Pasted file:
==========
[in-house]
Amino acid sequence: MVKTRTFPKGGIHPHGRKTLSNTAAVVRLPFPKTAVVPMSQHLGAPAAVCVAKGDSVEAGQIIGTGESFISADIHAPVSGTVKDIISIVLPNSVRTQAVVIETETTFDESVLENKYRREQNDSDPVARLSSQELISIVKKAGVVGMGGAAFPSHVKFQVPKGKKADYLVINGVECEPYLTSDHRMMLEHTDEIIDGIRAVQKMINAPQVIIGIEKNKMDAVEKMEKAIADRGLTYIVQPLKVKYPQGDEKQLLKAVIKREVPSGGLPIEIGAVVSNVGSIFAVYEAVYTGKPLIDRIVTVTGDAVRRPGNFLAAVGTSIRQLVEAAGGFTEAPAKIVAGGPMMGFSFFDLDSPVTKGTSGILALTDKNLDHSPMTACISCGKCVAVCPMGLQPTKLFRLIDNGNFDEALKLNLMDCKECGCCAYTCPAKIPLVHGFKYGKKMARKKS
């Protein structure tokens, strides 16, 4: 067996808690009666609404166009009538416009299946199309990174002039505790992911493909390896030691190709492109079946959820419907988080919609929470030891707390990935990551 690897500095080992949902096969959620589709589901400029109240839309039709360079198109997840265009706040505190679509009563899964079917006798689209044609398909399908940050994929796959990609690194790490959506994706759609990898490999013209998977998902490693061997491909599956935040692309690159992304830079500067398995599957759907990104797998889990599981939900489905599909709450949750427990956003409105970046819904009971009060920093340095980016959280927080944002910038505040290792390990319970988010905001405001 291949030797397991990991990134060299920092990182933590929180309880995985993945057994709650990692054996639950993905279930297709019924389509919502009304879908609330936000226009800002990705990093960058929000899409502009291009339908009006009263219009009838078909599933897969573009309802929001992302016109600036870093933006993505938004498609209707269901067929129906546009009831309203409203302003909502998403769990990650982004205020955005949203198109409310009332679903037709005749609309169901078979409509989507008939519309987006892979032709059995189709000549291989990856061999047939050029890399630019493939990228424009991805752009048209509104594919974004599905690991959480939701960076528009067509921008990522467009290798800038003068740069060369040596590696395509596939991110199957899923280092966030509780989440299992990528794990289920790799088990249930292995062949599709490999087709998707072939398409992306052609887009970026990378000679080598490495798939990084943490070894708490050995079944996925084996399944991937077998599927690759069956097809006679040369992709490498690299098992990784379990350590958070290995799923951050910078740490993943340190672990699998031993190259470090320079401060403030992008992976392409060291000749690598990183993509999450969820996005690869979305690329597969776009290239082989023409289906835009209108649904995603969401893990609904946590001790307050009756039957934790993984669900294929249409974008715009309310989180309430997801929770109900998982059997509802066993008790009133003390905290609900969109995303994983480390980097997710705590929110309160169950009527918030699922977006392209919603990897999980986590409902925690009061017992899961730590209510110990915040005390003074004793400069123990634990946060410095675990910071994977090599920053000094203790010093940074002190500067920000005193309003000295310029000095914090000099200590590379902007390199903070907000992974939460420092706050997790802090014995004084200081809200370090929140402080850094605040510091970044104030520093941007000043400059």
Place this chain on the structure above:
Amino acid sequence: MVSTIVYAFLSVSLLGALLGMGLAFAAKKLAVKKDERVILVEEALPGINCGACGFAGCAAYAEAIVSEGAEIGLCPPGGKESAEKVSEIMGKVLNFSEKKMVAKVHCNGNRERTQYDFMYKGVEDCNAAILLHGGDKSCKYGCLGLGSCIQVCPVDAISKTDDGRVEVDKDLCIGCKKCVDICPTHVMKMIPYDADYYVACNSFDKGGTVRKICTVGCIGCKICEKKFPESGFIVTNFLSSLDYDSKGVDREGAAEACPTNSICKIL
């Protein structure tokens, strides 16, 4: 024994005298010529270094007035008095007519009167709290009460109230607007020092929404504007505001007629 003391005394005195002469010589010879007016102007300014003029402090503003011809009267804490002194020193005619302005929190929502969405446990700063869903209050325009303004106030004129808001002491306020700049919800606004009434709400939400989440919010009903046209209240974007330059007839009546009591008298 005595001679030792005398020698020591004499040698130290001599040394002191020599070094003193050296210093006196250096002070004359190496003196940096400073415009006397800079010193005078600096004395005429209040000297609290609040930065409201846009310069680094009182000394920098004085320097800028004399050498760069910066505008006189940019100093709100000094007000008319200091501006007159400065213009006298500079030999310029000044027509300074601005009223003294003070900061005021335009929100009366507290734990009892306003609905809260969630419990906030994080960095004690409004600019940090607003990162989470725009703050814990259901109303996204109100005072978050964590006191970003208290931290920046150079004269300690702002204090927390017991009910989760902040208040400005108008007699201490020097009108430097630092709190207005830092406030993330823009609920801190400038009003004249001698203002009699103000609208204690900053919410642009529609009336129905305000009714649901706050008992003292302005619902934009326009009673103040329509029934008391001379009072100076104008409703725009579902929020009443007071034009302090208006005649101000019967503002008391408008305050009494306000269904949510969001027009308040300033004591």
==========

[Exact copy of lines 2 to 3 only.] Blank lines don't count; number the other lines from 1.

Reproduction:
Amino acid sequence: MVKTRTFPKGGIHPHGRKTLSNTAAVVRLPFPKTAVVPMSQHLGAPAAVCVAKGDSVEAGQIIGTGESFISADIHAPVSGTVKDIISIVLPNSVRTQAVVIETETTFDESVLENKYRREQNDSDPVARLSSQELISIVKKAGVVGMGGAAFPSHVKFQVPKGKKADYLVINGVECEPYLTSDHRMMLEHTDEIIDGIRAVQKMINAPQVIIGIEKNKMDAVEKMEKAIADRGLTYIVQPLKVKYPQGDEKQLLKAVIKREVPSGGLPIEIGAVVSNVGSIFAVYEAVYTGKPLIDRIVTVTGDAVRRPGNFLAAVGTSIRQLVEAAGGFTEAPAKIVAGGPMMGFSFFDLDSPVTKGTSGILALTDKNLDHSPMTACISCGKCVAVCPMGLQPTKLFRLIDNGNFDEALKLNLMDCKECGCCAYTCPAKIPLVHGFKYGKKMARKKS
């Protein structure tokens, strides 16, 4: 067996808690009666609404166009009538416009299946199309990174002039505790992911493909390896030691190709492109079946959820419907988080919609929470030891707390990935990551 690897500095080992949902096969959620589709589901400029109240839309039709360079198109997840265009706040505190679509009563899964079917006798689209044609398909399908940050994929796959990609690194790490959506994706759609990898490999013209998977998902490693061997491909599956935040692309690159992304830079500067398995599957759907990104797998889990599981939900489905599909709450949750427990956003409105970046819904009971009060920093340095980016959280927080944002910038505040290792390990319970988010905001405001 291949030797397991990991990134060299920092990182933590929180309880995985993945057994709650990692054996639950993905279930297709019924389509919502009304879908609330936000226009800002990705990093960058929000899409502009291009339908009006009263219009009838078909599933897969573009309802929001992302016109600036870093933006993505938004498609209707269901067929129906546009009831309203409203302003909502998403769990990650982004205020955005949203198109409310009332679903037709005749609309169901078979409509989507008939519309987006892979032709059995189709000549291989990856061999047939050029890399630019493939990228424009991805752009048209509104594919974004599905690991959480939701960076528009067509921008990522467009290798800038003068740069060369040596590696395509596939991110199957899923280092966030509780989440299992990528794990289920790799088990249930292995062949599709490999087709998707072939398409992306052609887009970026990378000679080598490495798939990084943490070894708490050995079944996925084996399944991937077998599927690759069956097809006679040369992709490498690299098992990784379990350590958070290995799923951050910078740490993943340190672990699998031993190259470090320079401060403030992008992976392409060291000749690598990183993509999450969820996005690869979305690329597969776009290239082989023409289906835009209108649904995603969401893990609904946590001790307050009756039957934790993984669900294929249409974008715009309310989180309430997801929770109900998982059997509802066993008790009133003390905290609900969109995303994983480390980097997710705590929110309160169950009527918030699922977006392209919603990897999980986590409902925690009061017992899961730590209510110990915040005390003074004793400069123990634990946060410095675990910071994977090599920053000094203790010093940074002190500067920000005193309003000295310029000095914090000099200590590379902007390199903070907000992974939460420092706050997790802090014995004084200081809200370090929140402080850094605040510091970044104030520093941007000043400059």